Call your doctor if your kid develops any of the following signs. These signs may indicate that the infant has a condition other than a cold, such as: 

  • Fever in a baby that is under 2 months old 
  • Wheezing, rapid breathing, or ribs showing with each breath. Difficulty breathing, especially if the baby’s nostrils enlarge with each breath. 
  • Dehydration may result from not eating or drinking. 
  • An earache 
  • Excessive irritability or drowsiness 
  • Coughing for longer than three weeks 
  • If the infant becomes sicker 

How are common colds in babies treated? 

An older baby’s cold can typically be treated at home. Try some of these ideas to provide the best comfort for your infant: 

Offer plenty of fluids. It’s crucial to drink liquids to stay hydrated. The best option is either breast milk or formula. Encourage your infant to drink the recommended amount of liquids. There is no need for additional fluids. Keep breastfeeding your child if you are. Additional defense against bacteria that cause colds comes from breast milk. 

Suction your baby’s nose. Use a rubber-bulb syringe to maintain the health of your baby’s nasal passages. To release the air, squeeze the bulb syringe. Then, with the bulb’s tip pointed toward the side and rear of the nose, push it into your infant’s nostril from approximately 1/4 to 1/2 inch (about 6 to 12 millimeters) away. 

Release the bulb while maintaining its position as it removes the mucus from your infant’s nose. Empty the contents of the syringe onto a tissue by removing it from your child’s nostril and quickly pressing the bulb while maintaining pressure on the tip. For each nostril, repeat as necessary. Wash the bulb syringe in soap and water to clean it.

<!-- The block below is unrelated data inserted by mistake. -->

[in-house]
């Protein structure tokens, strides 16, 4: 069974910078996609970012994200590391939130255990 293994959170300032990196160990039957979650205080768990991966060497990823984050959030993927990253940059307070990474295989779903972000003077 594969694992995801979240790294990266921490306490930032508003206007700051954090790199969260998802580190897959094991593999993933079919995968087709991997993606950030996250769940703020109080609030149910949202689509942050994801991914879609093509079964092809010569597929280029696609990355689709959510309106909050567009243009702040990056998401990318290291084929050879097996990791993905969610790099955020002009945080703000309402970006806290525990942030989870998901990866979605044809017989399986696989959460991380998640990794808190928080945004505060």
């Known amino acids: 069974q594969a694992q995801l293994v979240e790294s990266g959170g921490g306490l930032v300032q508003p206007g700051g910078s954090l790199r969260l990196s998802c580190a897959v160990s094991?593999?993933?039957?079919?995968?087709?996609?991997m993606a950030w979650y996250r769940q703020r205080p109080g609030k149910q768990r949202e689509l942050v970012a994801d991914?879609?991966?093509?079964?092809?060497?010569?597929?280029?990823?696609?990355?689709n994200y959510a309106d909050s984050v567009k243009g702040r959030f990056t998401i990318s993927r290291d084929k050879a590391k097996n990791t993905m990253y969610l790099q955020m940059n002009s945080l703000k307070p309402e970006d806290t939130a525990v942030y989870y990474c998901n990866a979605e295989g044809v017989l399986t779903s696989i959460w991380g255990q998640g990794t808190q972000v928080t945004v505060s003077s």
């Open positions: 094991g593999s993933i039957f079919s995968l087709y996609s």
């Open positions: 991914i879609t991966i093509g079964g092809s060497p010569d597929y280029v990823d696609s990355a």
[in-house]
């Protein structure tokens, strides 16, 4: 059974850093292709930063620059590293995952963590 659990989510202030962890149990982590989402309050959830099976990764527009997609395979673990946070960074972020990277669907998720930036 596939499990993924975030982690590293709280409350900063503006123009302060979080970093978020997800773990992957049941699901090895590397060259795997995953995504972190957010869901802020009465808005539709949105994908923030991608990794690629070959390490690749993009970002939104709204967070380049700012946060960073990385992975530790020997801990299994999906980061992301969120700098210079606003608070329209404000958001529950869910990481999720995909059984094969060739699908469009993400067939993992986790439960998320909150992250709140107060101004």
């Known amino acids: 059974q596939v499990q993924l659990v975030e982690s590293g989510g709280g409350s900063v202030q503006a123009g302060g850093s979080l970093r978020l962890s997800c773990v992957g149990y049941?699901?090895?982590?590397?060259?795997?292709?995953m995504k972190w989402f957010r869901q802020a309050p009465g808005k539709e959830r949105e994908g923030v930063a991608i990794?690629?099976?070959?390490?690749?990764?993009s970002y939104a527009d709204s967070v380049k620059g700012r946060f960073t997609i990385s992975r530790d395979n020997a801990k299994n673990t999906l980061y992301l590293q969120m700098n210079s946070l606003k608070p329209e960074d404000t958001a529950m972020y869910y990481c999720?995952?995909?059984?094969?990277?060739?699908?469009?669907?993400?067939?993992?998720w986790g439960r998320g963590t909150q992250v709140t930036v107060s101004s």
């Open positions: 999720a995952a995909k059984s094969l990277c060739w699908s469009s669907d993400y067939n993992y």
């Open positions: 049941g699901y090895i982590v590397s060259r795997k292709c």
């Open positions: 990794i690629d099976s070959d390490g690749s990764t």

Try nasal saline spray. To moisten nasal passageways and break up heavy nasal mucus, your baby’s doctor may advise saline nasal drops. Find these over-the-counter drops from your neighbourhood pharmacy. Saline nasal drops should be used, followed by a brief waiting period, and a suction bulb to remove mucus from each nostril. 

Moisten the air. Nasal congestion can be relieved by running a cool-water humidifier in your baby’s room. Follow the manufacturer’s cleaning directions and change the water every day. 

How can common colds in babies be prevented?

Keeping a baby away from individuals who are sick is the best approach to stop them from getting a cold. Keep the infant at home if at all possible. A newborn can develop a more serious disease from a virus that only causes a mild one in an older child or an adult. 

  • The most effective technique to stop the spread of colds is by washing your hands: 
  • After coughing, sneezing, or wiping their nose, adults who interact with infants and young children should wash their hands. 
  • After interacting with someone who is sick, wash your hands. 
  • An adult should wash both his or her hands and the baby’s hands after wiping the baby’s nose. 
  • Toys that babies put in their mouths should not be shared until they have been thoroughly cleaned.